• John Petrucci
  • Tiago Della Vega
  • Jason Becker
  • John Mclaughlin
  • Allan Holdsworth
  • Al Di Meola
  • Vinnie Vincent
  • Michael Schenker
  • George Lynch
  • Ioannis Anastassakis
  • Nuno Bettencourt
  • George Bellas
  • Dave Mustaine
  • Zakk Wylde
  • Vinnie Moore
  • Marty Friedman
  • Tony MacAlpine

What do YOU like about the Phrygian Dominant?

Please send an e-mail with your thoughts about the Phrygian Dominant. I will publish YOUR thoughts below this. Let me know why you enjoy playing with the Phrygian Dominant. Send an email to Stefan@londonguitarinstitute.co.uk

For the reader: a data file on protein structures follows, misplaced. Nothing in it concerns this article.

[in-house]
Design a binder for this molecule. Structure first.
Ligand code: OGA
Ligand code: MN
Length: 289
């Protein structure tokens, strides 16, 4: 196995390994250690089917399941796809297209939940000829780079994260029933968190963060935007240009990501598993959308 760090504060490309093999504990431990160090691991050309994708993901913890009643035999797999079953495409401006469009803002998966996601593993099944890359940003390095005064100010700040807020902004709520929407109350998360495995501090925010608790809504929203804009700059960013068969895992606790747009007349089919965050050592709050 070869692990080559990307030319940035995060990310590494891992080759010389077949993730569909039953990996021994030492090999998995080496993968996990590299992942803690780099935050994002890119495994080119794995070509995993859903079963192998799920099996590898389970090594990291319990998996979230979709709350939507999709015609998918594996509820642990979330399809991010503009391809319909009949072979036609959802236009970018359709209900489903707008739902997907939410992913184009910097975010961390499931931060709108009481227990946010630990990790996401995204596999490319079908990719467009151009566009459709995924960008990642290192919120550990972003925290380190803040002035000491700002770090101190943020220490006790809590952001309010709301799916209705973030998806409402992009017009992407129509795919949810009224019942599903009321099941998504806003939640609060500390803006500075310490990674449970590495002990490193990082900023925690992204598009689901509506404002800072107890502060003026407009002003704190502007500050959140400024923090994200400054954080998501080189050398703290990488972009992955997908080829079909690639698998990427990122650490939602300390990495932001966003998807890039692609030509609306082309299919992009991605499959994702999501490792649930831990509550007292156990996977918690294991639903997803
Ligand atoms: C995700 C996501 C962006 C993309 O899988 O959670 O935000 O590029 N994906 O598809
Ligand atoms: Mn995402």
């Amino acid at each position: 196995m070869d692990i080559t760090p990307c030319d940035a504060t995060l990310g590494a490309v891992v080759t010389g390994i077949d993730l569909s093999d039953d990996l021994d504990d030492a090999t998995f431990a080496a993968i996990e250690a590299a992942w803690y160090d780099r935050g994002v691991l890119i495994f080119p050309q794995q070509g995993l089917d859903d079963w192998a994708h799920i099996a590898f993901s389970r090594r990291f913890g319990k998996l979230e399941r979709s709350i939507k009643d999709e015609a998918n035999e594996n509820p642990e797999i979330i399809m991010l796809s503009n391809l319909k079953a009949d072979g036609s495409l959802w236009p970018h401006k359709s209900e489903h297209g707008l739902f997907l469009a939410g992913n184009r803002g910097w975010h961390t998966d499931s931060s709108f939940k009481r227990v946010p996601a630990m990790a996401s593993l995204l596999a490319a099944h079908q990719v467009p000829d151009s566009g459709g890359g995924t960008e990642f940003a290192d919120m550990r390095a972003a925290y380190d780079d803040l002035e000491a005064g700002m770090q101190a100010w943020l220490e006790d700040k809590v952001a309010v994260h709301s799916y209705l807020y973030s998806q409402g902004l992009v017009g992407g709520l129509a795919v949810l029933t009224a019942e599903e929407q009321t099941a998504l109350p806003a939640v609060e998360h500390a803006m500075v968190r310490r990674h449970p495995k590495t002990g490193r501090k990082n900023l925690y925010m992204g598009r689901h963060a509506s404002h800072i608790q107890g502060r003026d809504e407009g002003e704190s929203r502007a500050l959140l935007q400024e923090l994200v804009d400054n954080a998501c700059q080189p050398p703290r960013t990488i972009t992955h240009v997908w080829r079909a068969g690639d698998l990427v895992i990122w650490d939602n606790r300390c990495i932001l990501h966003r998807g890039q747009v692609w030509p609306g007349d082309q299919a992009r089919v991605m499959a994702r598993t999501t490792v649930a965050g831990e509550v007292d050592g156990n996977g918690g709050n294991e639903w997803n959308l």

Discover 10 Steps to help improve your jazz guitar playing by Dubai’s master guitar instructor Stefan Joubert

Jazz guitarist playing in a jazz band

Step 1: Listen to great jazz music

In order to become a competent jazz guitarist, you will need to listen to a lot of excellent jazz music.

It is simply essential to get the sound of jazz in your ear!

Listening to a lot of jazz music will help you internalise the sound of swing!

In addition to listening, you should also attend regular performances of live jazz.

By attending live jazz performances, you will become more and more acquainted with the vocabulary of jazz music.

You will also witness first hand how jazz musicians take turns to solo and support each other!

Understanding the language of jazz, as well as the subtle and intricate swing rhythms will help you on your journey to become a competent jazz guitarist.